The state's jobs agency is calling thousands of out-of-work Minnesotans every week as it looks to help workers with their job search and point them to other available openings.

Steve Grove, commissioner of the Minnesota Department of Employment and Economic Development (DEED), emphasized that effort as new data was released Thursday showing that the state's jobs recovery slowed in April. The state gained 11,300 jobs last month, the fewest in any month so far this year.

Minnesota added almost double that amount in March, 20,400 jobs, a number which was slightly revised downward. It gained 12,400 jobs in February and 51,600 jobs in January.

The slowdown came even as many businesses are ramping up hiring, and in some cases are having difficulty filling positions, and as more people get vaccinated against the coronavirus.

"It's kind of a weird moment in our economy," Grove told reporters. "We're in a moment of transition, moving really from a pandemic economy to a new economy, and that's going to take some time to happen. There's going to be some friction along the way in this recovery. Even if everyone got vaccinated today, things wouldn't just snap back into place instantly."

He added that more Minnesotans are returning to work and pointed out that about 10,000 fewer people have been requesting unemployment benefits every week. But he said there continues to be some uncertainty for both businesses and workers.

"There's a lot of factors at play here," Grove said. "There's safety in the workplace. There's child care considerations. There's trying to make sure the job you get is one that pays you a family-sustaining wage."

About 244,000 Minnesotans are still receiving unemployment benefits, which is down more than half since the early months of the pandemic. As of April, the state has now recovered about 57% of the 416,000 jobs it lost last spring.

The U.S. as a whole also did not see as many jobs return in April as economists had expected: 266,000 compared with 770,000 jobs in March.

The pace of the jobs recovery has turned into a political battle. Many Republicans and some business owners say that the extension of unemployment benefits along with an additional $300-a-week payment are keeping people from returning to the workforce. About 22 Republican-led states have decided to start cutting off those supplemental federal payments in June.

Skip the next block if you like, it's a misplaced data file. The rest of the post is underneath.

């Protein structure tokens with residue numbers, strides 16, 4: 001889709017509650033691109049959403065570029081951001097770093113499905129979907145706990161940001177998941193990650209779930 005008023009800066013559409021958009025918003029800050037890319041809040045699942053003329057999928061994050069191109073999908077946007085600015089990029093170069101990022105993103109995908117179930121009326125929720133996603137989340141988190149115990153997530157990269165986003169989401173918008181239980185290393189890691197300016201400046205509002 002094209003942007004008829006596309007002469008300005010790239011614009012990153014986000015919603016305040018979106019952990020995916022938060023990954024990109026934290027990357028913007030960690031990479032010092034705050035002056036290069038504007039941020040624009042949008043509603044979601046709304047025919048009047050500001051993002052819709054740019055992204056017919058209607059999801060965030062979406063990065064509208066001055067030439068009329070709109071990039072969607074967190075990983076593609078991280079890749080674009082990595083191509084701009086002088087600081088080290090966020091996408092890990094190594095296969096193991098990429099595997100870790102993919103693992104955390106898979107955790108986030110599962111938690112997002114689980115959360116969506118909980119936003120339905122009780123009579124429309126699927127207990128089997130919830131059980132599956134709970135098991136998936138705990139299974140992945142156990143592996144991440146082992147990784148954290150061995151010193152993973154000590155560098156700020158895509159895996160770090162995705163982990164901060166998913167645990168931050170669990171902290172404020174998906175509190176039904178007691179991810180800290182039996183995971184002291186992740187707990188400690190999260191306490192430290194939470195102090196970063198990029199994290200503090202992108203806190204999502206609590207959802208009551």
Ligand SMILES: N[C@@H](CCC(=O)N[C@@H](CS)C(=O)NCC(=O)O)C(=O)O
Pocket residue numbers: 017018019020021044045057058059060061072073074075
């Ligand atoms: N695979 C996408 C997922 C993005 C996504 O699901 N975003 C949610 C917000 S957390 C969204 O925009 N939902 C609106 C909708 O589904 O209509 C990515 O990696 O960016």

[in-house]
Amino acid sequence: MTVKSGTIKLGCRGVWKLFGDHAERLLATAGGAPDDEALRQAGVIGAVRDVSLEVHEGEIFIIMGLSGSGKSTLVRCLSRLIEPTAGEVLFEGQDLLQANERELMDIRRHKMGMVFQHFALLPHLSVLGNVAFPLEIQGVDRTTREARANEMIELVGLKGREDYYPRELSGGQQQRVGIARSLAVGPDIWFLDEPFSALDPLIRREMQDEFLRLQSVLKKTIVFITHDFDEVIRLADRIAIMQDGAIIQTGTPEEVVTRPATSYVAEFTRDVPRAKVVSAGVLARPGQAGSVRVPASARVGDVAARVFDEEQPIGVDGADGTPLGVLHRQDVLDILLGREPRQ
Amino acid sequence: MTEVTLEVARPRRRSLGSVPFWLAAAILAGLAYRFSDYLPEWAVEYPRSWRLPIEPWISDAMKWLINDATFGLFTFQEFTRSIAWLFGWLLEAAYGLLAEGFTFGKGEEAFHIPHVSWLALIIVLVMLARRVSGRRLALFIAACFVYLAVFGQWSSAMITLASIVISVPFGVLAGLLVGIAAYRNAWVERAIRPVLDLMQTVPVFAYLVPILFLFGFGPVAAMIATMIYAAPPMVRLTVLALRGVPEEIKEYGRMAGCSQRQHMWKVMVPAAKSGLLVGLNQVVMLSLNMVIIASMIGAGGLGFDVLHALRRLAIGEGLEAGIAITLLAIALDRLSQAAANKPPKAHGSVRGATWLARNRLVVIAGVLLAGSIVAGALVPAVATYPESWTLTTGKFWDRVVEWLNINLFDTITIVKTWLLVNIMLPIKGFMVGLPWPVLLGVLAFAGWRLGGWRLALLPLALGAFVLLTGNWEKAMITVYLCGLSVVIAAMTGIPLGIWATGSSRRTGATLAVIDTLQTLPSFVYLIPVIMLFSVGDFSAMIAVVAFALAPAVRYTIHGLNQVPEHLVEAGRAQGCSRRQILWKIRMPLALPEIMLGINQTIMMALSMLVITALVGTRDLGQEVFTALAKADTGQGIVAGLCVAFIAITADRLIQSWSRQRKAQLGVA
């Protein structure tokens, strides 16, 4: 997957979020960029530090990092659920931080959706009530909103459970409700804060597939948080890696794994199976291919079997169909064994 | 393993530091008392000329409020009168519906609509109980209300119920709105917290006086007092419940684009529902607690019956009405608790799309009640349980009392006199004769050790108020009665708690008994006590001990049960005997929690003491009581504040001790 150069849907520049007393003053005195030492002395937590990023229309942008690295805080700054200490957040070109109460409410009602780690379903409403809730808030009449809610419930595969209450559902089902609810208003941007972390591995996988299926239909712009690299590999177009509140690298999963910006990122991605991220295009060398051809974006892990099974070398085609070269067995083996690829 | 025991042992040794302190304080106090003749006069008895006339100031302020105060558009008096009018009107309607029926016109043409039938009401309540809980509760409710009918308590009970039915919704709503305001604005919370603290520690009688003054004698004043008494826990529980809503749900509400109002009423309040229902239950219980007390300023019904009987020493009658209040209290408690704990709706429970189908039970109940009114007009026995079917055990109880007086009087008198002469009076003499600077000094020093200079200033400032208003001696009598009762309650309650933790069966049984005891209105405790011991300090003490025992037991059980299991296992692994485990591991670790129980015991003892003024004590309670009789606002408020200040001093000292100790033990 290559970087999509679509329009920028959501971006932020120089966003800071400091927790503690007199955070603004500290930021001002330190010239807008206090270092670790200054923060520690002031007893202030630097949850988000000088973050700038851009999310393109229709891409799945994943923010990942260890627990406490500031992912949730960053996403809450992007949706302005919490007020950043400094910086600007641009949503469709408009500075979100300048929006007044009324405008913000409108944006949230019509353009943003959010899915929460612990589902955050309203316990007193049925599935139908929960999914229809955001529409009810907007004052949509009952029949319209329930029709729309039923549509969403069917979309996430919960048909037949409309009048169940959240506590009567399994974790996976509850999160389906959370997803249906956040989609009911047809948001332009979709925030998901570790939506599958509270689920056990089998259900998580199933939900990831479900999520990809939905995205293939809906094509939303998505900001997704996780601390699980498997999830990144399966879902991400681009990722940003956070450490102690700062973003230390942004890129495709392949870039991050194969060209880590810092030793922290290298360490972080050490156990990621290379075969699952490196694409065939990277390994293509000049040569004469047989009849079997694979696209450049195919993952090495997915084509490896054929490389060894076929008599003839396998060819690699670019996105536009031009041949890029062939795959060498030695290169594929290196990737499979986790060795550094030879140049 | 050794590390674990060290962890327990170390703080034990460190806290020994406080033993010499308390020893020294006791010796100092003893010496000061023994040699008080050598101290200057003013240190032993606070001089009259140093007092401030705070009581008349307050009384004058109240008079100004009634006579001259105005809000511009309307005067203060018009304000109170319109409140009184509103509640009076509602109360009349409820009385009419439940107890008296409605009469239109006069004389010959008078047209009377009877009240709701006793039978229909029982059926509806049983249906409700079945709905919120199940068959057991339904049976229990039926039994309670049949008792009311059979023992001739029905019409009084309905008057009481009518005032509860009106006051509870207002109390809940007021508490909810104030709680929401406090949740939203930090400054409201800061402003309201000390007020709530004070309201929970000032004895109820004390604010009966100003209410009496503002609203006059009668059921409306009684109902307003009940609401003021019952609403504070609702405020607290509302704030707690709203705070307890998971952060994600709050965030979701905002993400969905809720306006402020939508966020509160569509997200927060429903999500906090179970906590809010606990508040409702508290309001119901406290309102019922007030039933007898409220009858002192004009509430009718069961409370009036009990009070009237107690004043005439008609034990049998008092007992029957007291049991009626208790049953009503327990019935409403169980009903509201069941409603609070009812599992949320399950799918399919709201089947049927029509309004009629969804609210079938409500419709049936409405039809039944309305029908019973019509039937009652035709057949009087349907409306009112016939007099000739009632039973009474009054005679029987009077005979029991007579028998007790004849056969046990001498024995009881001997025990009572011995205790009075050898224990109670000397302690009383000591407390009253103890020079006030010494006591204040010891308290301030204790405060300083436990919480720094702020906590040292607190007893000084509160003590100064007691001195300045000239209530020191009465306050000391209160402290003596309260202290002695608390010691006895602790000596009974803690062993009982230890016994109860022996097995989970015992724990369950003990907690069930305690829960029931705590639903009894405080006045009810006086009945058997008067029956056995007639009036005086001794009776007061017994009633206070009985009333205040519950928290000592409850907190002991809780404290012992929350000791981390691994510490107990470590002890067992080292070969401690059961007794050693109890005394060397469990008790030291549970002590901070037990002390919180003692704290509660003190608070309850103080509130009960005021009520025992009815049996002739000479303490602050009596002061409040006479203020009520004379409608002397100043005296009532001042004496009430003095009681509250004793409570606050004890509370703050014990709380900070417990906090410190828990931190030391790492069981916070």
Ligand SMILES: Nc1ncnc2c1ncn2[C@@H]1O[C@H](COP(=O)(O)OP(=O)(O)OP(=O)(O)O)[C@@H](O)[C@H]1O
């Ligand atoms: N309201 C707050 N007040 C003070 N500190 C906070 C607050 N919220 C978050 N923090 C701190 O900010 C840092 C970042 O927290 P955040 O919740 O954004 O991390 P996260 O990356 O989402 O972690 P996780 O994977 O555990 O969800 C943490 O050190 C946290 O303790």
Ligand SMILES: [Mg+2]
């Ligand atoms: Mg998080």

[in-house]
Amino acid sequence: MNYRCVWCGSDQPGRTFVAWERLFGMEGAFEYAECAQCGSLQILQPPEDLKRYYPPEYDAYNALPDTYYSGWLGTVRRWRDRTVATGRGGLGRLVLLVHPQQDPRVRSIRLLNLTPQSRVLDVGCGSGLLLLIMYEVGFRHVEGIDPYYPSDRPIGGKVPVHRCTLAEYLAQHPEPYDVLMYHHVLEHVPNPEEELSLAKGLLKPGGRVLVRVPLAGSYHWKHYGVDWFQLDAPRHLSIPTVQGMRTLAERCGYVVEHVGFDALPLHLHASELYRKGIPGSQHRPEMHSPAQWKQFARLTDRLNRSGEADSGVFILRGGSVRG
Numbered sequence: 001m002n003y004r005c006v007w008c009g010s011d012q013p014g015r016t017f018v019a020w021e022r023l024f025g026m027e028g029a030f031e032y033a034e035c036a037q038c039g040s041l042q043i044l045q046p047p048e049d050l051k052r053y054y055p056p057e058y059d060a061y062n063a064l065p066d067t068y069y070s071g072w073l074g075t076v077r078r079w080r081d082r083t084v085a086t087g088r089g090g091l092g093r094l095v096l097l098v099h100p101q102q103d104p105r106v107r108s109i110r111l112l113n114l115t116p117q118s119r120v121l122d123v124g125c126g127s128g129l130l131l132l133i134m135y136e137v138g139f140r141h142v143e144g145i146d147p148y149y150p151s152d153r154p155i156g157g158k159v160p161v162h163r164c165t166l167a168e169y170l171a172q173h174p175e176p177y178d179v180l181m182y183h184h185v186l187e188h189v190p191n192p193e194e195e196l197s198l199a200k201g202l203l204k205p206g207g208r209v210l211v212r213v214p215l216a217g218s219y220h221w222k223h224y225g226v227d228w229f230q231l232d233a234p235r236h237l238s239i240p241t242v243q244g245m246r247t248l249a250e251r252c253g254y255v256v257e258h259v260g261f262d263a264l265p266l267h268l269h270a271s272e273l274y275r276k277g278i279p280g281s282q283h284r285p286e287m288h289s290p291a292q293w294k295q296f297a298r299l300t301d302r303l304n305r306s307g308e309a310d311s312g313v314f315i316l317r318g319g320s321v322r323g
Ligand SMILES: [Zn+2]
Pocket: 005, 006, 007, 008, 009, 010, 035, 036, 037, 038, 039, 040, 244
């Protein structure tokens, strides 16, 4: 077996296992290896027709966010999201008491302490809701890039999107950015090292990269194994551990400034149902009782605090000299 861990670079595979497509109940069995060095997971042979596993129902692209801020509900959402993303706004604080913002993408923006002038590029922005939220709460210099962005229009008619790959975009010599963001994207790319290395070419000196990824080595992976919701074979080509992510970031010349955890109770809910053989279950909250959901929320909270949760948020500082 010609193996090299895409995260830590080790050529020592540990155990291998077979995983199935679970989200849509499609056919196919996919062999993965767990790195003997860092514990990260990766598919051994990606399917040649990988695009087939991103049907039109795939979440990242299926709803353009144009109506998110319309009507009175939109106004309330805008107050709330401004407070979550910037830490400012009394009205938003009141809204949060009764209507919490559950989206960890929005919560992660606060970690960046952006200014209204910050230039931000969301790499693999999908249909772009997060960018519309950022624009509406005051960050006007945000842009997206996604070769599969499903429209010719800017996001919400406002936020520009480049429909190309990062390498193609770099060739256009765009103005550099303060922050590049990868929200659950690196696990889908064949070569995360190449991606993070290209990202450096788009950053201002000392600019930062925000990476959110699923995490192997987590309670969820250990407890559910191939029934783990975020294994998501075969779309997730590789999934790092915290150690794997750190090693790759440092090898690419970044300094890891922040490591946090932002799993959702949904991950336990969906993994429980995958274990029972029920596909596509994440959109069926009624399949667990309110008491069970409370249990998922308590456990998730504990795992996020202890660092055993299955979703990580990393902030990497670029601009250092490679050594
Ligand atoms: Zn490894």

Democrats tend to argue that pulling back those benefits now will slow the rebound of the broader economy and point to other factors depressing the labor market. They also note that many people are returning to work as the economy heals, as evidenced by declining unemployment claims and higher job numbers.

The Labor Department said Thursday that the number of Americans who filed new unemployment claims fell last week to 444,000, a drop of 34,000 from the week before and a new pandemic low.

After the disappointing April jobs report, the White House said last week it would direct the Labor Department to reinstate work-search requirements in order for workers to continue receiving unemployment benefits.

DEED officials say Minnesota never turned off that work-search requirement during the pandemic as some other states did. When they request benefits every week, unemployed Minnesotans have to check a box indicating they are available and looking for work, said Blake Chaffee, a deputy commissioner at DEED.

Some states require job seekers to make a certain number of contacts with employers every week. Minnesota does not.

Since February, DEED has asked about 35,000 Minnesotans receiving unemployment benefits to fill out a work search plan and has set up one-on-one phone appointments with them to help them in their job search. It has already completed more than 20,000 of those conversations, each of which may last about half an hour.

DEED has focused this outreach first on workers coming from hard-hit industries such as food service and retail, Chaffee said. The goal is to help them structure their work search and to make them aware of other job opportunities and training that may be available.

Some of those workers have told DEED they are still talking to their previous employers and hope to return to work for them.

"We have some folks that we're talking to that are maybe interested in a career and occupation change," he said. "And we're talking to some folks who may have some barriers. Maybe they haven't looked for a job in a long, long time."

Minnesota's unemployment rate ticked down slightly in April to 4.1%, down from 4.2% the month before. The decline was mostly due to people getting jobs. By comparison, the U.S. unemployment rate rose slightly to 6.1% last month.

In April, the state saw the biggest job gains in professional and business services, which added 4,800 jobs. That was followed by government with 3,200 jobs, leisure and hospitality with 3,100 jobs, trade and transportation with 2,500 jobs, and construction with 1,100 jobs.

Some sectors lost ground last month, though, such as education and health services, which declined by 3,000 jobs and financial activities, which was down 1,200 jobs.

Construction is the first industry where Minnesota has gained back all the jobs it lost and is now showing some growth compared with prepandemic levels, state officials said.

Most other industries have seen some level of recovery. But a couple of sectors — logging and mining, as well as information — have continued to see job losses since the beginning of the pandemic.